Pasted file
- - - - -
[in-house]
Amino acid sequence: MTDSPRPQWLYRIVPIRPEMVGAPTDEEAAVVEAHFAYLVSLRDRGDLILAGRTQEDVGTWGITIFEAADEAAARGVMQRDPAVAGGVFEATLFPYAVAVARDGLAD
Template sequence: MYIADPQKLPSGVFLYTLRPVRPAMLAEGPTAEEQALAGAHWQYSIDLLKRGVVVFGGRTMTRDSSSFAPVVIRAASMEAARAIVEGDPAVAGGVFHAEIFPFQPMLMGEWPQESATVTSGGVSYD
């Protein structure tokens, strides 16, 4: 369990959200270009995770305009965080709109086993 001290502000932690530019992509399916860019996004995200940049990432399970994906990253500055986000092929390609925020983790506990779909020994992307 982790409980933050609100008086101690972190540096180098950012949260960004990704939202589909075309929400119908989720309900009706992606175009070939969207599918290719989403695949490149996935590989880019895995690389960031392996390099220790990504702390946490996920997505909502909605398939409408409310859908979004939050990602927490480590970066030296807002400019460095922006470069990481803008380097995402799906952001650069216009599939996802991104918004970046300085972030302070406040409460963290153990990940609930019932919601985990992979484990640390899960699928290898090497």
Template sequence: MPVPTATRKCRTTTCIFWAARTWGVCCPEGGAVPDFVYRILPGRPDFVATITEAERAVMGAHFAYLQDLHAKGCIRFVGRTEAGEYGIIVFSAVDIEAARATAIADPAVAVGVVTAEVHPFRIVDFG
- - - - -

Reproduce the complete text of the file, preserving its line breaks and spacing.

[in-house]
Amino acid sequence: MTDSPRPQWLYRIVPIRPEMVGAPTDEEAAVVEAHFAYLVSLRDRGDLILAGRTQEDVGTWGITIFEAADEAAARGVMQRDPAVAGGVFEATLFPYAVAVARDGLAD
Template sequence: MYIADPQKLPSGVFLYTLRPVRPAMLAEGPTAEEQALAGAHWQYSIDLLKRGVVVFGGRTMTRDSSSFAPVVIRAASMEAARAIVEGDPAVAGGVFHAEIFPFQPMLMGEWPQESATVTSGGVSYD
């Protein structure tokens, strides 16, 4: 369990959200270009995770305009965080709109086993 001290502000932690530019992509399916860019996004995200940049990432399970994906990253500055986000092929390609925020983790506990779909020994992307 982790409980933050609100008086101690972190540096180098950012949260960004990704939202589909075309929400119908989720309900009706992606175009070939969207599918290719989403695949490149996935590989880019895995690389960031392996390099220790990504702390946490996920997505909502909605398939409408409310859908979004939050990602927490480590970066030296807002400019460095922006470069990481803008380097995402799906952001650069216009599939996802991104918004970046300085972030302070406040409460963290153990990940609930019932919601985990992979484990640390899960699928290898090497």
Template sequence: MPVPTATRKCRTTTCIFWAARTWGVCCPEGGAVPDFVYRILPGRPDFVATITEAERAVMGAHFAYLQDLHAKGCIRFVGRTEAGEYGIIVFSAVDIEAARATAIADPAVAVGVVTAEVHPFRIVDFG